The document has now been published as a book: The Mathematician's Lament, 510.71 Lo. He opens the book with a musician waking from a nightmare, where students are taught music beginning with music notation, moving to fixed rules, harmony, scales , then competency tests. Not until college do the students actually hear or play music. Lockhart says this is exactly the way math is taught to students, and the only people who know something is wrong are the students, who are right when they complain that math class is stupid and boring.

Friday, January 08, 2010

New Year's Resolution - Read the New Yorker

The January 4 New Yorker had three articles that directly related to me as an Austinite, and another one that was about the world's most popular artist, Van Gogh. You can read articles in the New Yorker online using the Library's databases, or read selected articles at the New Yorker website. You can also read the magazine at Faulk Central, which has a print subscription. You might have read about these topics elsewhere, but the New Yorker is known for its exacting standards for journalism, and the articles are a delight to read.

Articles I read in the January 4 issue:

Protest Studies - Students and faculty at the University of Caliornia at Berkely are angry at Mark Yudof, the school's president, who once was UT's president.

School of Rock - Vampire Weekend, which played at ACL in 2008, is a group of upper-middle-class boys channelling Third World musical traditions.

Food Fighter - Story of Whole foods and its founder John Mackey, who does not eat a lot of what Whole Foods sells.

Van Gogh's Ear - Maybe he really didn't cut it off.

To read New Yorker articles using the Library's databases:

-Go to the Austin Public Library homepage.
-Select Research Tools from the menu on the left hand side.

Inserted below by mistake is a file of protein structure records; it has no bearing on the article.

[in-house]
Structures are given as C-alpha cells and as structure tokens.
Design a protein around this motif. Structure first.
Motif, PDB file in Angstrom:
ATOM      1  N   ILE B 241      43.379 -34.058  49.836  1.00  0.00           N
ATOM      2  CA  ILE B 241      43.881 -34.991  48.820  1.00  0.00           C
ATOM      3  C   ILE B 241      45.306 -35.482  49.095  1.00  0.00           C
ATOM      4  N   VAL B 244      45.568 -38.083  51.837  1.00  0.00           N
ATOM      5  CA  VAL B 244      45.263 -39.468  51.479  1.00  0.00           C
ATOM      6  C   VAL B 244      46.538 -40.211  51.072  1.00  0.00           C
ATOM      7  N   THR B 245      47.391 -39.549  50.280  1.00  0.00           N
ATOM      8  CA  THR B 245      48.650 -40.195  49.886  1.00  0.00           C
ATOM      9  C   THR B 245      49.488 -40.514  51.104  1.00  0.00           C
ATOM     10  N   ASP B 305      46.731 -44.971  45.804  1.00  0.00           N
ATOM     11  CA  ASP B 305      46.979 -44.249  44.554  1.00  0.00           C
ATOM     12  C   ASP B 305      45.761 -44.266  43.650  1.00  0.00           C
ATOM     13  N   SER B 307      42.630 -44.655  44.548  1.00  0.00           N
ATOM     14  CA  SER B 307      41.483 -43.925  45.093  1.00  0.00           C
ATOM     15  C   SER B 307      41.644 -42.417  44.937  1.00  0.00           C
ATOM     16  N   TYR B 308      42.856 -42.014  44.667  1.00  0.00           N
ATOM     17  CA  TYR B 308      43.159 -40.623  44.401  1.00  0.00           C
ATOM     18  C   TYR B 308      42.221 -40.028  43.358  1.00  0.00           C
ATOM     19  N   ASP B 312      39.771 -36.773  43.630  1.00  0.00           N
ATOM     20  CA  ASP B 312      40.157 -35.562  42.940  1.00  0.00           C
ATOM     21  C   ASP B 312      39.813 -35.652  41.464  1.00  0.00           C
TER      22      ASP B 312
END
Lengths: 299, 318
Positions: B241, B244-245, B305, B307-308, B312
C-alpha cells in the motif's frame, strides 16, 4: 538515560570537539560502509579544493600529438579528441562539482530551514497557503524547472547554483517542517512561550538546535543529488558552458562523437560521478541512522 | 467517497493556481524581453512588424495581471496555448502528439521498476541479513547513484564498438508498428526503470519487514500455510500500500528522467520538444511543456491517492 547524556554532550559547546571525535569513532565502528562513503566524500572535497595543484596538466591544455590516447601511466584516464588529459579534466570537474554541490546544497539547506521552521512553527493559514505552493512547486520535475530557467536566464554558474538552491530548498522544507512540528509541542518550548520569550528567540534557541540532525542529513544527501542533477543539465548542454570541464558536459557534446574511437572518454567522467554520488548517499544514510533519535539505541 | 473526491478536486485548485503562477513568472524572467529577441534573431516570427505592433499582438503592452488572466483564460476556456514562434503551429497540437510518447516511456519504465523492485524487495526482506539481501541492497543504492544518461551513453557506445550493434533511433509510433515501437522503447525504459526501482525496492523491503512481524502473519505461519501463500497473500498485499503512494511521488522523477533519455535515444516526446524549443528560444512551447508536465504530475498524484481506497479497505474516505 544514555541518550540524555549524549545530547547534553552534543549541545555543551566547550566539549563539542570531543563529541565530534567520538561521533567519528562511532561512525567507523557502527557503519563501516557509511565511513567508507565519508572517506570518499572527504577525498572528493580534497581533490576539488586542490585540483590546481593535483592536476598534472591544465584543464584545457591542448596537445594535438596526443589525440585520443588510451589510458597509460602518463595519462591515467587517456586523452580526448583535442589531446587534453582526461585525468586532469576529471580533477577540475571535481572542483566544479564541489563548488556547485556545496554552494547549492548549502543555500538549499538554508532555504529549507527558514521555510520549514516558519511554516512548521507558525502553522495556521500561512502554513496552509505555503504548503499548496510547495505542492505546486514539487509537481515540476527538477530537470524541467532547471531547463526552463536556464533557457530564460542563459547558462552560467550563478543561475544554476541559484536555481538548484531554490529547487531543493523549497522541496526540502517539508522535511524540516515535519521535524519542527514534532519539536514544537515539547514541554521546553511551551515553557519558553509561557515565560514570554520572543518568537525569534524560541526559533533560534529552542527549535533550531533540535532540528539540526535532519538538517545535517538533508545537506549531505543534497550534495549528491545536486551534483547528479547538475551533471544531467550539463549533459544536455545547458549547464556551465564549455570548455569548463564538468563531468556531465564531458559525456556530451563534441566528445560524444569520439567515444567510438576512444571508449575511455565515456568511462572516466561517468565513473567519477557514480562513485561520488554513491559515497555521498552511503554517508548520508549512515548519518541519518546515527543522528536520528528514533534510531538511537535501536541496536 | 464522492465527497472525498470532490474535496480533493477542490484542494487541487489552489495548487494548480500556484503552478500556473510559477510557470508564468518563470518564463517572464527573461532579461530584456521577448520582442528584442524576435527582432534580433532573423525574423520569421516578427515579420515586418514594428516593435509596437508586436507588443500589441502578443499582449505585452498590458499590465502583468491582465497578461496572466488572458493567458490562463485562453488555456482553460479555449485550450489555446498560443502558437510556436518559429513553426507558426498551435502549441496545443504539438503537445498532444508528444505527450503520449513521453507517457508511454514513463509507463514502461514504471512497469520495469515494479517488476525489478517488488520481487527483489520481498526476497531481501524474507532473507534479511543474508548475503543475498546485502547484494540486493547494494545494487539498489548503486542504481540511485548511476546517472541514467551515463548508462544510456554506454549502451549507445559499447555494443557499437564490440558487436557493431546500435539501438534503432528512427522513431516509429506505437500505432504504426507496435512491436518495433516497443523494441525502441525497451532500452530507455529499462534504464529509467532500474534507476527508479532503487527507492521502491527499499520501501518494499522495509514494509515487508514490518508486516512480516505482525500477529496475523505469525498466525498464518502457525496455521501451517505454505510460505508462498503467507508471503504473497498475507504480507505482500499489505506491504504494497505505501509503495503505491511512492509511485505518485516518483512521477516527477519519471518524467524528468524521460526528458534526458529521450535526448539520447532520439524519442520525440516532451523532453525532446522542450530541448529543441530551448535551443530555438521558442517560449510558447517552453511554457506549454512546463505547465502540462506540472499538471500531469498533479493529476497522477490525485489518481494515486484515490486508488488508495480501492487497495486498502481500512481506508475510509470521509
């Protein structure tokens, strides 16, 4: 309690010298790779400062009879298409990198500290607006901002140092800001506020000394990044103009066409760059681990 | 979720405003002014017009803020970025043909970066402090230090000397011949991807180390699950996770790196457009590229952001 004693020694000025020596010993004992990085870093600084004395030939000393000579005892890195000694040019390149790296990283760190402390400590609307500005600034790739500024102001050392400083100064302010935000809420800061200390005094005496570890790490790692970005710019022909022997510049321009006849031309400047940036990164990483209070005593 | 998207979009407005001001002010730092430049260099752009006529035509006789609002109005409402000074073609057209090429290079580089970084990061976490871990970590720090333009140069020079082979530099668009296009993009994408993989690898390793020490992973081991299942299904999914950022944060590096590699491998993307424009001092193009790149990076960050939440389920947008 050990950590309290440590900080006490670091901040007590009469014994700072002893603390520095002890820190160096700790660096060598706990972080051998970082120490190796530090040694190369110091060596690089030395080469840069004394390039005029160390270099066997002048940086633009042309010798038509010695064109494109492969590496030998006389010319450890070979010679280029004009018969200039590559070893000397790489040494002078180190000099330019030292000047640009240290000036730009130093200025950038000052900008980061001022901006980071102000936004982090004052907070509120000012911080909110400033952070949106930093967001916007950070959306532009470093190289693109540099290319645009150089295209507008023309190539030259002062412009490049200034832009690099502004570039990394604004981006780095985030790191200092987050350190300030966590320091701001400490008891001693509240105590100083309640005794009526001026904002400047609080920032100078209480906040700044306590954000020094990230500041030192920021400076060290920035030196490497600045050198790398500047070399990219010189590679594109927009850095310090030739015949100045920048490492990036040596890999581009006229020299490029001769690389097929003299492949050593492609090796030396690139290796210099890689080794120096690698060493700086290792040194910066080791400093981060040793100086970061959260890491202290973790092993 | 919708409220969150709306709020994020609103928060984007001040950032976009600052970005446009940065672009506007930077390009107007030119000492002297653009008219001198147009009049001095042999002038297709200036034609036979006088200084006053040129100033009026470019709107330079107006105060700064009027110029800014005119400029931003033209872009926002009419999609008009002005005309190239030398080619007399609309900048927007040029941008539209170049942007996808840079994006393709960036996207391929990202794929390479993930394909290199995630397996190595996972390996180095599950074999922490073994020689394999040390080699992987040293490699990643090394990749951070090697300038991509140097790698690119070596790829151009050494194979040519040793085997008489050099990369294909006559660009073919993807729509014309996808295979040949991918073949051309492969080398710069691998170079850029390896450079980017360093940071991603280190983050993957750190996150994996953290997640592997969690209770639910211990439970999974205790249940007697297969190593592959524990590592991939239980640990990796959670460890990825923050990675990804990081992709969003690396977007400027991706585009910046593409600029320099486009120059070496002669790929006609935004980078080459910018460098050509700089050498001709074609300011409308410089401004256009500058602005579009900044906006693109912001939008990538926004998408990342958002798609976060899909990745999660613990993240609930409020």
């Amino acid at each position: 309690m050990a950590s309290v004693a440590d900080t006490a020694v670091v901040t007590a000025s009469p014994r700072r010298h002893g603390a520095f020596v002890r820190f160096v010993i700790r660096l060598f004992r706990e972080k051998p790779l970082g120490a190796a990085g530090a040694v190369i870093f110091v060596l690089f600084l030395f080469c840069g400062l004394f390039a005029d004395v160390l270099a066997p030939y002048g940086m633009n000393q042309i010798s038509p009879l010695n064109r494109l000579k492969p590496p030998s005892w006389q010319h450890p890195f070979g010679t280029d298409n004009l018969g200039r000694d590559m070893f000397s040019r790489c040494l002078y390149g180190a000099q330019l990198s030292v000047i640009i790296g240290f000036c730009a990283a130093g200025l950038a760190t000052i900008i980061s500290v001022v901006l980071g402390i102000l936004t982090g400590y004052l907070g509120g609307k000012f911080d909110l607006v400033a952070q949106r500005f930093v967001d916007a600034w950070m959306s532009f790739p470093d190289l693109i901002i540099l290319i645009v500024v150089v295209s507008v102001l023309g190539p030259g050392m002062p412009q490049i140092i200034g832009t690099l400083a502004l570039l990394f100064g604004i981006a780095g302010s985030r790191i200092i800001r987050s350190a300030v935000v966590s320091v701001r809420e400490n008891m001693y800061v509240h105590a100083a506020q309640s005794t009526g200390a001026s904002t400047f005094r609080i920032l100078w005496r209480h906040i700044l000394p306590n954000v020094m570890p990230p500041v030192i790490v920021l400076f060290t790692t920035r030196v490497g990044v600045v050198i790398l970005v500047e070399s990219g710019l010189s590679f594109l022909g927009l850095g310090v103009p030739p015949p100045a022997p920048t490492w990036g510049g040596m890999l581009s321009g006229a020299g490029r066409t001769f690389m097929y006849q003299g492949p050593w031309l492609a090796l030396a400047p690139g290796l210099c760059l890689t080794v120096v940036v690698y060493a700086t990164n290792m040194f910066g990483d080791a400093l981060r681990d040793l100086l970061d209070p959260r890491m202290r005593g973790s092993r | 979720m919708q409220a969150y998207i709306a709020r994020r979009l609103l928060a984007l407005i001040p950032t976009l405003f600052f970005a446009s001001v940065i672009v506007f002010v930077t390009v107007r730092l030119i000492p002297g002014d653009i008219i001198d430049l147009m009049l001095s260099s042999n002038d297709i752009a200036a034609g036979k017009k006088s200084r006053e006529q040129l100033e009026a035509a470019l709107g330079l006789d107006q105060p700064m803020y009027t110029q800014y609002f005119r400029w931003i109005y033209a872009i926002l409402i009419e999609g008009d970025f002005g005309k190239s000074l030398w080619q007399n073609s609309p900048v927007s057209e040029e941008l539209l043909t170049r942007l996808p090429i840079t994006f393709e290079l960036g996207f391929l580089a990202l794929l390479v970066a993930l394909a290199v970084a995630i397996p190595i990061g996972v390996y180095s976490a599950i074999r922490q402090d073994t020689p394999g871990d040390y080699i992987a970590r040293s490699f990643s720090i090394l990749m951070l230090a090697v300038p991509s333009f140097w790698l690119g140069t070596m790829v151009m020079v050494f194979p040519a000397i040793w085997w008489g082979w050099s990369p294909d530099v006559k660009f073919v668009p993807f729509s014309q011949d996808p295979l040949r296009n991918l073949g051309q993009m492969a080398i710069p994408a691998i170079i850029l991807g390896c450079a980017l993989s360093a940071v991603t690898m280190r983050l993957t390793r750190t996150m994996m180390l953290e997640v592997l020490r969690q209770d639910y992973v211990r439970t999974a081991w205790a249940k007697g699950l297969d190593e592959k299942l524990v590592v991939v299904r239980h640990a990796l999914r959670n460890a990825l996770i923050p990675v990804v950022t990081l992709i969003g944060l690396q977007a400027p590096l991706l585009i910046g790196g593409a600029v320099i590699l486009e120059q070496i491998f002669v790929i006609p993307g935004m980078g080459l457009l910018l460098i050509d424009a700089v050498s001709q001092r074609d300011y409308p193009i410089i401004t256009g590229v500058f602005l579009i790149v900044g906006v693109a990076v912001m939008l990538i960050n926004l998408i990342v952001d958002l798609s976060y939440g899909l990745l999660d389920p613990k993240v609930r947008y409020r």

-Select ejournal finder; you will need to enter your Library card number.
-Enter new yorker in the search box, click search
-Select Literary Resources from Gale.
-You will see the articles in chronological order.
-Or search Factiva, which has the full-text of all the articles.

Wednesday, January 06, 2010

Boris Vian: a French Renaissance Man

Boris Vian was one of those interesting people that had the wonderful capacity to be brilliant in more than one field. He was an engineer, musician, poet, journalist, writer, translator, actor, singer and critic. As a musician, he was a trumpet jazz player and he put together his first jazz band when he was 14 years old. He also played a harp guitar for his compositions (click here for a short video). He is the author of the song “The D├ęserteur ” or “The Deserter” that has been translated in more than 40 languages and was interpreted by Joan Baez during the Vietnam War. But his musical work wasn’t limited only to jazz, he also wrote and interpreted rock and roll, opera and was the author of many music scores for films.

As a writer, Boris Vian signed his works using Vernon Sullivan as a pen name. His works have been also translated into many languages and made into movies and graphic novels. In the engineering field, he designed wonderful bridges that minimized the use of gas.

Sadly, Boris Vian’s life was very short. He died when he was only 39 years old but his work is considered by many as some of the most influential in French arts and culture.

Austin Public Library has some of his works for your enjoyment:


La hierba roja (in Spanish)

Monday, January 04, 2010

Defining moment